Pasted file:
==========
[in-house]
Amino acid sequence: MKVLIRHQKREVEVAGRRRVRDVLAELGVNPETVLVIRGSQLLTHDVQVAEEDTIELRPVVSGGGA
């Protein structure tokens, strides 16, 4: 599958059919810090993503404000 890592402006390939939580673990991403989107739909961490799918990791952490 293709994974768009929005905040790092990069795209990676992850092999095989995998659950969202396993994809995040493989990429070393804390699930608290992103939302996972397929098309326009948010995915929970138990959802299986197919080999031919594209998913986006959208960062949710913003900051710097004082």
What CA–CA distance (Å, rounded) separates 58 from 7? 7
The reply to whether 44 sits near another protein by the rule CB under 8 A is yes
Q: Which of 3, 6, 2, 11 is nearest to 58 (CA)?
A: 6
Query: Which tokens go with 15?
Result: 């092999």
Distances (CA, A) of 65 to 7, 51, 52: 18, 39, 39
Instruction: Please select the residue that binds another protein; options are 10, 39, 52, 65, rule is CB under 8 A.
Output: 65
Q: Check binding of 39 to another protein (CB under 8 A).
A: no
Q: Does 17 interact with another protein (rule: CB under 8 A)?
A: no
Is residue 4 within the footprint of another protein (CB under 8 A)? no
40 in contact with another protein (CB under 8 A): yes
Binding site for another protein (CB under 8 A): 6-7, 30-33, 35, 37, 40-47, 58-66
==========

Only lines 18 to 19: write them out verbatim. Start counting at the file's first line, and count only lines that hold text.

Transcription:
40 in contact with another protein (CB under 8 A): yes
Binding site for another protein (CB under 8 A): 6-7, 30-33, 35, 37, 40-47, 58-66